Rabies - Frequently Asked Questions
Q: How do people get rabies?
A: People usually get rabies from the bite of a rabid animal. It is also possible, but quite rare, that people may get rabies if infectious material from a rabid animal, such as saliva, gets directly into their eyes, nose, mouth, or a wound.
Q: What must I do if a dog bites me?
A: Wash the wound area with soap and water and leave it under running tap water for at least ten minutes. Clean with antiseptic and leave the wound clean and open. See your doctor immediately for a rabies vaccine.
Q: How soon after an exposure should I seek medical attention?
A: Medical assistance should be obtained as soon as possible after an exposure. There have been no vaccine failures in the United States when post-exposure prophylaxis was given promptly and appropriately after an exposure.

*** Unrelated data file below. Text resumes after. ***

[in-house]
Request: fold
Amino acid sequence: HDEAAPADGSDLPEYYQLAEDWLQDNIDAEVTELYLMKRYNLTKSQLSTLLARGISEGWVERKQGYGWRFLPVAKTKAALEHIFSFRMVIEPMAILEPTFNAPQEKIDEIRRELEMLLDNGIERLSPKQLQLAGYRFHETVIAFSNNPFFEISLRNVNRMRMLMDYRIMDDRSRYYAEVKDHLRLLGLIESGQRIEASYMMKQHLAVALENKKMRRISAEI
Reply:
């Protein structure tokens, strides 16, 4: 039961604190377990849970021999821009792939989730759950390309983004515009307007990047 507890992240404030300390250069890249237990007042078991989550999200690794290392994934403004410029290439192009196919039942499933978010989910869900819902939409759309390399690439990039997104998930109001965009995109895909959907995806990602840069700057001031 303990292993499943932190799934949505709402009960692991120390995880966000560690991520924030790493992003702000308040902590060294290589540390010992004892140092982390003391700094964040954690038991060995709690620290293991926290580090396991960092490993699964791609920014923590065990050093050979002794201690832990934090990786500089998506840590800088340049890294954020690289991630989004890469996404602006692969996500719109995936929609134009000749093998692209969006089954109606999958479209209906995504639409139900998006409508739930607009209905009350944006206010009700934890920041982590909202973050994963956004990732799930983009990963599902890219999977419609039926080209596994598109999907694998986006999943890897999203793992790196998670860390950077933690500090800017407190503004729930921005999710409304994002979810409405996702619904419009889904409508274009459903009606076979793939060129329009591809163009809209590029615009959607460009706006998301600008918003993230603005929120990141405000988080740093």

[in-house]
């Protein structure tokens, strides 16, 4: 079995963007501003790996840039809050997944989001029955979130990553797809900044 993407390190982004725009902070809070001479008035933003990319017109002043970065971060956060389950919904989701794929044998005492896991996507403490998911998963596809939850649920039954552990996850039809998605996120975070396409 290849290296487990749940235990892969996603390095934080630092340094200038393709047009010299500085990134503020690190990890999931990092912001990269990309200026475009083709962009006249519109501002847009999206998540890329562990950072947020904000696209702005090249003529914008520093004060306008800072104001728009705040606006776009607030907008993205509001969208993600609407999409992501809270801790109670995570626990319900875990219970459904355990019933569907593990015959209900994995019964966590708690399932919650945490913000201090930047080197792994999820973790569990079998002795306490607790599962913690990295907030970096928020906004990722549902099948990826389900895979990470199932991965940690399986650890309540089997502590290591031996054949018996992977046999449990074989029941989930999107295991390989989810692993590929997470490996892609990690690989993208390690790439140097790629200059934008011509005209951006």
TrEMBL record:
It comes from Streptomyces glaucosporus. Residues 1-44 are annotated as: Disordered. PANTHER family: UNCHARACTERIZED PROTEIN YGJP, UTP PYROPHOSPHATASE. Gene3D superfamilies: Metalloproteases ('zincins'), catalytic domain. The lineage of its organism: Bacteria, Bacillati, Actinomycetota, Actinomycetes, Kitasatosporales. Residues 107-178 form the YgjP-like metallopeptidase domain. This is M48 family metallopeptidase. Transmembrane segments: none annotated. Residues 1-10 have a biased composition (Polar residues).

Q: Will the rabies vaccine make me sick?
A: Adverse reactions to rabies vaccine and human rabies immunoglobulin may be seen. Newer vaccines in use today cause fewer adverse reactions than previously available vaccines. Mild, local reactions to the rabies vaccine, such as pain, redness, swelling, or itching at the injection site, have been reported. Rarely, symptoms such as headache, nausea, abdominal pain, muscle aches, and dizziness have been reported. Local pain and low-grade fever may follow injection of rabies immune globulin.
Q: Should I receive rabies pre-exposure vaccination before traveling to other countries?
A: In most countries, the risk of rabies and the precautions for preventing rabies are the same. However, in some developing countries in Africa, Asia, and Latin America, dog rabies may be common and preventive treatment for rabies may be difficult to obtain. If you are traveling to a rabies-endemic country, you should consult your healthcare provider about the possibility of receiving pre-exposure vaccination against rabies.
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